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Opportunity amid US shutdown tragedy

  • 14 January 2019


The US government is in the midst of its longest shutdown ever. The phrase 'longest ever' might indicate these shutdowns occur with more frequency than they actually do. In fact, there have only ever been four where agency operations were affected or halted for more than one business day, the first only coming in the mid-90s under the Clinton administration.

The shutdowns ought to be rare because they can be catastrophic in the lives of hundreds of thousands of Americans. In a country where nearly half of residents 'if faced with an unexpected expense of $400, would either not be able to cover it or would cover it by selling something or borrowing money', a shutdown where 800,000 federal workers are missing paychecks is a nightmare.

The shutdown is the result of President Donald J. Trump demanding $5.7 billion for a 'wall' to be constructed along the US-Mexico southern border. (Readers might recall that Democrats pledged nearly five times that amount in a deal to protect 'Dreamers', in February, when Republicans were in legislative majority.)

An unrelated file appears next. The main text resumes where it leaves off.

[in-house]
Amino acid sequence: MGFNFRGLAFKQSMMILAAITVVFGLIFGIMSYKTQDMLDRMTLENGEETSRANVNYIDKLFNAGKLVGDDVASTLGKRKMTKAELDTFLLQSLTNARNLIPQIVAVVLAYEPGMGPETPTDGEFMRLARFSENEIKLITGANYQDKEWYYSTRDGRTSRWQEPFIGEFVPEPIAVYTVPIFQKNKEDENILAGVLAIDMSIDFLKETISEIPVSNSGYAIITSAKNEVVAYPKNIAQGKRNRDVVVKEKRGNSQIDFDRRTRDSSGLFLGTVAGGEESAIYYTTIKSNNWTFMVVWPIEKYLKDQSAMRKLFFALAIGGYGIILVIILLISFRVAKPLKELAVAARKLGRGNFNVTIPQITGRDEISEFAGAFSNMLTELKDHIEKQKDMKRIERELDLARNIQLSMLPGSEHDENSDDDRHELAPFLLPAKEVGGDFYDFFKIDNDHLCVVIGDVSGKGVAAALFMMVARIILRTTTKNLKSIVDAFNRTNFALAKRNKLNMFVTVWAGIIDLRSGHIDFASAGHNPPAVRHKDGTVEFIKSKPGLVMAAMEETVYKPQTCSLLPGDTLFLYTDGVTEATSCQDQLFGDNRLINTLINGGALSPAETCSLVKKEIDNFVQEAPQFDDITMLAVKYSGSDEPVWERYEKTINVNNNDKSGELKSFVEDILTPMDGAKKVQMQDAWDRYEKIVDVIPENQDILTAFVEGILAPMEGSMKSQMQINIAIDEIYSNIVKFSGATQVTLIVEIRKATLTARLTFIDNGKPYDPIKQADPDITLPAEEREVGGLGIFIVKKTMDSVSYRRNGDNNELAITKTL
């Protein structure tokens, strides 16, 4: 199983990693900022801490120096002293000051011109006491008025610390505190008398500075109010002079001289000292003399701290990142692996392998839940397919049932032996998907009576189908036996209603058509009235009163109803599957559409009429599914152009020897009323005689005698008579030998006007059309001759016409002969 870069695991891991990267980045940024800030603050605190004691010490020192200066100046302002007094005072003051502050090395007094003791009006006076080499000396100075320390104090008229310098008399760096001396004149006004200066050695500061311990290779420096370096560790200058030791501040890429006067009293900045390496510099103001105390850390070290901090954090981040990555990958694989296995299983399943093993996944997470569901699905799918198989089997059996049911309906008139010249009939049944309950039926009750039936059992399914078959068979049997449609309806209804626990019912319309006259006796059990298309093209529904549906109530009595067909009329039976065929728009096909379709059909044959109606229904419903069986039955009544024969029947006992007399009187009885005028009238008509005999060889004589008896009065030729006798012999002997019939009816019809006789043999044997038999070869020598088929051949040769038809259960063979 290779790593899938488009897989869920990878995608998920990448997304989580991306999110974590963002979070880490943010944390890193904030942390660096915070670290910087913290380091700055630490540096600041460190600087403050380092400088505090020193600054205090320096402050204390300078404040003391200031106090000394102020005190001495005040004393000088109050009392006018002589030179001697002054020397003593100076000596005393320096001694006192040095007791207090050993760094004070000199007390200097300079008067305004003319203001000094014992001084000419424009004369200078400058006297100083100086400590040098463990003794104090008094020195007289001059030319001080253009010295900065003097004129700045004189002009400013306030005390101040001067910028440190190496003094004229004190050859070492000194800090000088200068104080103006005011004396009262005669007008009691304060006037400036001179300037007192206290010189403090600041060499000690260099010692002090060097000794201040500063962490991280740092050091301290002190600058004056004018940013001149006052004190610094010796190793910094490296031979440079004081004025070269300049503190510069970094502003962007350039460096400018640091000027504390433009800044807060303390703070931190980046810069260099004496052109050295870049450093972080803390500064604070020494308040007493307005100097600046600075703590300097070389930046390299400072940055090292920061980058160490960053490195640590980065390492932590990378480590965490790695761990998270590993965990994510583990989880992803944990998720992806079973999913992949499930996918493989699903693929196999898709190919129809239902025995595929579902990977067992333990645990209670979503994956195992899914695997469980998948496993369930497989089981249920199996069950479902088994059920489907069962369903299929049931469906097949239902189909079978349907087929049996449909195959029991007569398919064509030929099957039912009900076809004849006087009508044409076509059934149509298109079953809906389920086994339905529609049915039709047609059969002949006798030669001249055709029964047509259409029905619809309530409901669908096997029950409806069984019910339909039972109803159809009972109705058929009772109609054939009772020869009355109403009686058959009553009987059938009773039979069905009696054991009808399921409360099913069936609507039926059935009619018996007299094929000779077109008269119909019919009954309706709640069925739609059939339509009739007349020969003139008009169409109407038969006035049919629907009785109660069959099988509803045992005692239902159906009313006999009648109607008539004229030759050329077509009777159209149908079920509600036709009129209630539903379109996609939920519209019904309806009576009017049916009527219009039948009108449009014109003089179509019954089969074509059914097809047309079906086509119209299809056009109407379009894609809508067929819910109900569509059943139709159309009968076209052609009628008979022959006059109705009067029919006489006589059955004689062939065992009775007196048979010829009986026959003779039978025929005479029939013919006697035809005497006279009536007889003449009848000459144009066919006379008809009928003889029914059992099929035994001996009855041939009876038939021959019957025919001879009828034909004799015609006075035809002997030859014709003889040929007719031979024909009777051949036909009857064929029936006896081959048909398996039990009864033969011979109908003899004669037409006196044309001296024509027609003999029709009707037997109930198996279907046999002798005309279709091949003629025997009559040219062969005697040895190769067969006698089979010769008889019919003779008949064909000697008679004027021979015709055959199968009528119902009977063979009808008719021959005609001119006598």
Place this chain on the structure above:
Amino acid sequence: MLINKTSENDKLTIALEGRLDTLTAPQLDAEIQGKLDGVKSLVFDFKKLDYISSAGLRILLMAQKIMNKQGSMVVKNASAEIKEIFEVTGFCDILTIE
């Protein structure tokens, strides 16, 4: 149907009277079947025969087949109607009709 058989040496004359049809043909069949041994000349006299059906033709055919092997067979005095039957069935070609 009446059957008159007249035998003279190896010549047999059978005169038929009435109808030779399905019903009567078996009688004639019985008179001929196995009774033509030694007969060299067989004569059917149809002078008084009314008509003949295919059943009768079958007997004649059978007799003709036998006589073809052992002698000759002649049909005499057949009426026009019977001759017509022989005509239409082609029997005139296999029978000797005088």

The president is demanding the wall in face of facts that stand against its necessity: most drugs enter the United States through legal ports of entry, visa overstays far outpace border crossings, and apprehensions at the southern border have reached their lowest levels since 1971.

Yet listing all of these facts is an exercise akin to explaining anatomy and nutrition to a three year old who wonders why they can't eat an entire tub of ice cream for dinner every day.

Herein lies the biggest tragedy in a government shutdown that contains multitudes: The US does have a deeply broken, inhumane immigration system to which no one (at least none of the voices with the largest megaphones) is offering real solutions. Instead, we're all debating the necessity and effectiveness of a giant wall, which leads to listening to arguments like Trump's now-notorious line about wheels being older than walls.

Contrast this to the approach the new Congress has taken with fighting the environmental degradation brought on by the Trump administration. The Green New Deal that's being proposed and debated is not simply a refutation of Trumpism, but a robust, imaginative and ambitious alternative to it.


"Democrats — and Republicans who are invested in comprehensive immigration reform — have an enormous opportunity before them."


We should be giving a bold answer to the wall, and not just a rejection of it. Every time an